On a noteworthy evening, some 126 Broderers and their guests dined at Mercers’ Hall on Wednesday 18th October. The evening was special on a number of counts; starting with an historic number of Freedom Declarations and finishing with a rather special rendition of the Master’s Song.
With some deft choreography from our Beadle, John Oakley, 2 sets of three prospective Freemen (Ladies first: Dr Ruth Holt, Michelle Humphries and Sophia Sladden, followed by the gentlemen: Nigel Birks, Colonel Peter Merriman and Alastair Rudin Macleod) jointly made their Declarations to the Court. As if six new Freemen were not enough, four Past Mistresses (Mrs Cynthia Buchanan, Mrs Margot Chaundler, Mrs Delia Hart and Mrs Sarah Mosse) then took the first - and historic - opportunity to become Honorary Freemen of the Company (suitably marked by the initial presentation of Past Mistresses badges and, perhaps slightly less suitably, by the presentation of personal copies of ‘Plain Dealing Fellows’ by the Clerk – just in case their husbands had lost their copy). To round off the proceedings, and to give her barely time to languish in the role of Freeman, Ruth Holt (already an Apothecary Liveryman) was clothed in the Livery; all just in time for the champagne reception before dinner.
With Masters and Wardens present from the other 3 Associated Companies as well as a number of other Masters and Past Masters from various other Companies, the Master and Renter Warden had their work cut out greeting all the guests before the arrival of the Lord Mayor and Sheriffs.
As a result of careful cajoling by Past Masters Mosse and Toler, unusually both of our affiliated military units (849 Naval Air Squadron and 1st Battalion The Royal Irish Regiment) were present and represented by their Liaison Officer (Lieutenant Commander Serena Davidson RN) and the new Commanding Officer (Lieutenant Colonel Matthew Lewis), respectively. The military made their presence known a little more markedly with a Bugler playing the Dinner Call and a Piper leading the Master and Guests to Dinner; nothing to do with grand-standing, but all to do with an excuse to display to the serried ranks of the City the Pipe Banner (Regimental crest embroidered on one side; Broderers’ on the other) recently presented by the Company to the Regiment. (Well, the show might have had some impact, too.)
Dinner was the excellent sort of fare that we have, perhaps, come to expect from Mercers, whose extremely attentive and efficient staff look after us especially well. With an unusually large number of Loving Cups (9) it was always going to be a convivial evening, but things quietened down when the Jazz Trio from the Guildhall School of Music and Drama interrupted proceedings. Those who are possibly more used to entertainment of a more traditional, operatic style might initially have been taken aback but pretty quickly everyone was fully taken up with the various melodies; all complementing the light-hearted mood of the evening. The Master had certainly done his homework well in identifying the Lord Mayor’s appreciation of jazz, as he definitely enjoyed himself, as was amply evident in his speech. In his turn the Master gave a summary of what the Company has achieved recently, dispensing largesse widely: including the initial £25k to the Royal College of Art through the Broderers’ Textile Innovation Fund; a donation to the Lord Mayor’s Appeal and £1776 to Lincoln Cathedral to balance their books after the summer’s highly enjoyable Heritage Skills Festival – to get a far better idea of what was actually said, the Master’s speech is attached (as, indeed, is the one from the Election Dinner in June). Appropriately, the Company’s present to the Lord Mayor was an embroidered cushion of the London skyline produced specifically by one of our supported charities: Fine Cell Work.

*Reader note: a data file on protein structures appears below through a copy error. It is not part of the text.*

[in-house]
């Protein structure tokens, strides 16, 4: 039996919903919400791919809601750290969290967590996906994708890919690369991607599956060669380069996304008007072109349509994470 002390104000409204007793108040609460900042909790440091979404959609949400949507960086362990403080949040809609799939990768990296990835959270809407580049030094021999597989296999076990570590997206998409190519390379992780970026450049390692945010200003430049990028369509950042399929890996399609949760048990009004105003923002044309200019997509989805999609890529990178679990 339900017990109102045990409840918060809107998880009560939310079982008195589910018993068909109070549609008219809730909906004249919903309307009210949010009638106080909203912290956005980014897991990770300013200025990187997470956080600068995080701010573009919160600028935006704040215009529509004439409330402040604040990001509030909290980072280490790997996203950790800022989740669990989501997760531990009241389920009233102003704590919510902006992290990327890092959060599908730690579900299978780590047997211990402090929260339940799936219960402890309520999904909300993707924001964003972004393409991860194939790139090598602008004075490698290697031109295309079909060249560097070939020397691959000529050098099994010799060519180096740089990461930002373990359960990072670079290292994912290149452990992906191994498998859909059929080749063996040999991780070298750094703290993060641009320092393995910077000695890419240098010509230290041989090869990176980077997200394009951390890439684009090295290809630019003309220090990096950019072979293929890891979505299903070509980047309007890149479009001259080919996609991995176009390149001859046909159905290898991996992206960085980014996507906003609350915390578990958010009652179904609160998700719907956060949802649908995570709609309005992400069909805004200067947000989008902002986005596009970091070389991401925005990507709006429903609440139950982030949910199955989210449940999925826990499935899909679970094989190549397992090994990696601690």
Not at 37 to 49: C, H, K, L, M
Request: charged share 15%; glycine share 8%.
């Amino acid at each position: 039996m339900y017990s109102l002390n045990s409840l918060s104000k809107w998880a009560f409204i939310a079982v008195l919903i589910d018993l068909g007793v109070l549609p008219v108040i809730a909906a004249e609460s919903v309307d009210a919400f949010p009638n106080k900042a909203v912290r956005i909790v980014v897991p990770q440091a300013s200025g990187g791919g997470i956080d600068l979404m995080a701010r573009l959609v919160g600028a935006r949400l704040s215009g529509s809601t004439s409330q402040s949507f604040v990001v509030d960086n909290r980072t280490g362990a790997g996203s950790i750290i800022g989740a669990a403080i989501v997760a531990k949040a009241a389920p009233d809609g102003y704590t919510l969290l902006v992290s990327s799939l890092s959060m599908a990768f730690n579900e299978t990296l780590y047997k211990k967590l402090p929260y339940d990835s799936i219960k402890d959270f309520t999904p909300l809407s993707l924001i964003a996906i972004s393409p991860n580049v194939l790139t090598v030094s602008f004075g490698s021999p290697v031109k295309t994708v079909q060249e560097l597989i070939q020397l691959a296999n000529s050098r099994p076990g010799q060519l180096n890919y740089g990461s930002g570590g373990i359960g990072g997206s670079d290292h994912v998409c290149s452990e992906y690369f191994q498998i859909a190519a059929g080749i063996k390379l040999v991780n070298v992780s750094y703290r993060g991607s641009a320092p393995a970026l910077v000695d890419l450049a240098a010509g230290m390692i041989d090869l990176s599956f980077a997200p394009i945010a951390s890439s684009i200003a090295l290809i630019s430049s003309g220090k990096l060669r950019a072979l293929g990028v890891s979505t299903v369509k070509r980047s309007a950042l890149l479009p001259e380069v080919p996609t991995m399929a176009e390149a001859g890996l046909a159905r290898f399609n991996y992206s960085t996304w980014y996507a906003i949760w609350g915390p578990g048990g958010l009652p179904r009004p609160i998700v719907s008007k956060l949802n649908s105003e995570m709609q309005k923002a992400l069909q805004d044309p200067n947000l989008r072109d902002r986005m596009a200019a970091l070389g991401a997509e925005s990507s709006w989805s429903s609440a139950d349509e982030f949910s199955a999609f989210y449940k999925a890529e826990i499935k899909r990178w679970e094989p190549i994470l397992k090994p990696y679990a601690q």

Notwithstanding the delights of the speeches, I suspect what most people – Broderers, certainly – were waiting for was the Master’s Song. Led with due ceremony to the piano by the Beadle (the result of much deliberate planning and coordination between him and the Clerk, all of 30 seconds before the dinner), the Lord Mayor accompanied the Master on the grand piano – and if busy diaries had precluded any rehearsal this was not evident in the performance (perhaps both are looking for a Music Hall career at the end of their respective year of office…?). To end the Dinner, the Royal Irish Piper ensured that there was little chance for quiet conversation by piping out the Master and senior guests; it was then down to the Clerk to attempt to persuade everyone to leave the bar before their carriages turned into pumpkins. The Lord Mayor, at least, was heard to say how very much he had enjoyed the evening – perhaps he had not been to a Broderers’ evening before?